This sped up video shows just how easily and how fast bacteria develop an immunity to antibiotics…
The past 30 years has seen no new types of antibiotics. Existing bacteria are rapidly becoming immune to the antibiotics presently available. Unless we can make a radical breakthrough in antibiotics the World Health Organization warns that “we are heading for a post-antibiotic era, in which common infections and minor injuries can once again kill.”
Influenza, gonorrhea, tuberculosis, malaria, HIV are among the most threatening of diseases but at the present rate other diseases are certain to become more dangerous as well.
Read the WHO report and find out more as well as what can be done to help fight the problem.
CDC just released Threat Report 2013 outlining in a 114 page document (available for download) the very real dangers of antibiotic resistant bacteria.
A few facts from the National Summary Data section:
- Over 2 million people will get sick from antibiotic resistant bacteria this year.
- 23,000 of those will die
- Most deaths related to antibiotic resistance happen in healthcare settings, such as hospitals and nursing homes.
When antibiotics are administered to treat an illness, the antibiotics kill the bacteria causing the illness as well as the good bacteria in your body that fight diseases. The few bacteria that aren’t killed, no longer face any opposition from your good bacteria and “take over”.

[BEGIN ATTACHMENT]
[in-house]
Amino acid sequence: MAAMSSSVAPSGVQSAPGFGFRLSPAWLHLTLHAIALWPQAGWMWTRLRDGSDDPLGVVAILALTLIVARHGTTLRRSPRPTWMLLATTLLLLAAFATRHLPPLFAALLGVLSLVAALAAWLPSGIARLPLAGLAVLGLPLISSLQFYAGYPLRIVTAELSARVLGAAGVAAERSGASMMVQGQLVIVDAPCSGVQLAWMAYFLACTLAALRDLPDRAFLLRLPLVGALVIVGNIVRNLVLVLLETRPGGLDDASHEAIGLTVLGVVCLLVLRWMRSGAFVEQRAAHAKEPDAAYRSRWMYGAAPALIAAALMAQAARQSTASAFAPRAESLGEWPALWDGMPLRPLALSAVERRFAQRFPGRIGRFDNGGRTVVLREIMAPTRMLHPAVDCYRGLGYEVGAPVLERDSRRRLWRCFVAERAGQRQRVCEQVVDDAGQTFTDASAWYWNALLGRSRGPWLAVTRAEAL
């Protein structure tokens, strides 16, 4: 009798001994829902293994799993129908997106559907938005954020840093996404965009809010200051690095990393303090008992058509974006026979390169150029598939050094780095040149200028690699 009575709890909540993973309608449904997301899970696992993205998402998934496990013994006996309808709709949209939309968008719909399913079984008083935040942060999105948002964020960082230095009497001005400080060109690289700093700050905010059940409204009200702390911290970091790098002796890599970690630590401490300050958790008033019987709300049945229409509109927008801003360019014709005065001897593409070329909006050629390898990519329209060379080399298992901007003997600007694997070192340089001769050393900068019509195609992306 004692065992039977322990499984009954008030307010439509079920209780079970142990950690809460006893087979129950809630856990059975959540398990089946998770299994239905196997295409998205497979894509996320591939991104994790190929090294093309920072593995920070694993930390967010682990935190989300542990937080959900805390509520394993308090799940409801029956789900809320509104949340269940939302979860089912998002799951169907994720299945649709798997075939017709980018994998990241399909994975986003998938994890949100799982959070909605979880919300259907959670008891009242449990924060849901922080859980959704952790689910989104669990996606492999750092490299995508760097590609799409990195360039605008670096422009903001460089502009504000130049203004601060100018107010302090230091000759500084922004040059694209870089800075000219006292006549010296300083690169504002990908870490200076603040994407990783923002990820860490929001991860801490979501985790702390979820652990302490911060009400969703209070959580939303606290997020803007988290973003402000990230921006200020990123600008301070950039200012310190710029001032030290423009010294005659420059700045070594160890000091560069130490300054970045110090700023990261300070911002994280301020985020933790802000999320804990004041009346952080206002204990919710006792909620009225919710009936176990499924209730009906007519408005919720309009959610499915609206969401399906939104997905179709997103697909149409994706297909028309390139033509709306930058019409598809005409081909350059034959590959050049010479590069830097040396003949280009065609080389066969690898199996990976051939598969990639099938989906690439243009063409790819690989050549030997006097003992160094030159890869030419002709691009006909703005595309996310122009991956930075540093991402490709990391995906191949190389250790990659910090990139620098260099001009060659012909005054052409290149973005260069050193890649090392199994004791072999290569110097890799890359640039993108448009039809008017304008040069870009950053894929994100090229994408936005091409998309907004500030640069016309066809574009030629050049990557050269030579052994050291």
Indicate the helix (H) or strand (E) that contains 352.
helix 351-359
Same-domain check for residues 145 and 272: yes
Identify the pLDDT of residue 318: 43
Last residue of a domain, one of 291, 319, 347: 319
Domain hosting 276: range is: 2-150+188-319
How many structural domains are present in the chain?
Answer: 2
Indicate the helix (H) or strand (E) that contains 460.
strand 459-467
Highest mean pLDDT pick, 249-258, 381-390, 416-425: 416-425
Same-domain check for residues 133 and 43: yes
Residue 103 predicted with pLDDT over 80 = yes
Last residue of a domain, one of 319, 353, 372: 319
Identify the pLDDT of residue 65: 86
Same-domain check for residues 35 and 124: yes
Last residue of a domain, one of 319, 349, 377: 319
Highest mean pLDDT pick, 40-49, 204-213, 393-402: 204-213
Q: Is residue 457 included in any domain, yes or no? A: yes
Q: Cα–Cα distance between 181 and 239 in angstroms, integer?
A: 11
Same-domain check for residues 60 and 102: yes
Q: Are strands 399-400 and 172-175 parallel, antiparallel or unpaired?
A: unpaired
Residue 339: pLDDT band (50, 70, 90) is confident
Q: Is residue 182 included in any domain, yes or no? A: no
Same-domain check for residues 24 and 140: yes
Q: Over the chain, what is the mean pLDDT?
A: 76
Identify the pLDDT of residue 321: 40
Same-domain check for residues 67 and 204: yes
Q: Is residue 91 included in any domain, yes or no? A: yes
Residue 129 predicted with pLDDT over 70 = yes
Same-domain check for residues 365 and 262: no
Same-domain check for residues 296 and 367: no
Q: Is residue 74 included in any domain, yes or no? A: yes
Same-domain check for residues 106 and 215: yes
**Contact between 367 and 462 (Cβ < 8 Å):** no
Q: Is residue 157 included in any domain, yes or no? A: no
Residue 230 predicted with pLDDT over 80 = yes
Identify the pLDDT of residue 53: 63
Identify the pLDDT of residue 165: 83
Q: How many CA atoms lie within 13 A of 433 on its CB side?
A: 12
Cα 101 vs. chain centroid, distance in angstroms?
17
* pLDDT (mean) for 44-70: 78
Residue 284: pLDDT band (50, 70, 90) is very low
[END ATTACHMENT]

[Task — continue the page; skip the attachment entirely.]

Right now, the hazard level is listed as serious but… “If infection rates of MDR and XDR TB increase within the US., this antibiotic-resistant threat will change from serious to urgent, because it is transmissible through respiratory secretions, and because treatment options are very limited”
Download and read the entire document from the CDC website here.
Apparently the expression “That which does not kill me makes me stronger” is something that makers of hand soap and disinfectants need to be paying attention to. It applies to germs as well. It has long be preached by naturalists and proponents of fiber cleaning cloths that disinfectants are simply creating stronger, more resistant germs.
A new study now has scientific backing to that claim.
Excerpts from the abstract:
“it has been demonstrated that biocides can select, at least in laboratory experiments, antibiotic resistant bacteria… widely used biocide triclosan might induce antibiotic resistance using as a model the opportunistic pathogen Stenotrophomonas maltophilia… “
You can read more about it for yourself by clicking on the link above. Right now the FDA is reassessing triclosan’s safety and beginning to take a look at many others.
In my humble opinion this is one issue we can’t afford to drag our feet on. No one wants super viruses and germs that nothing will kill.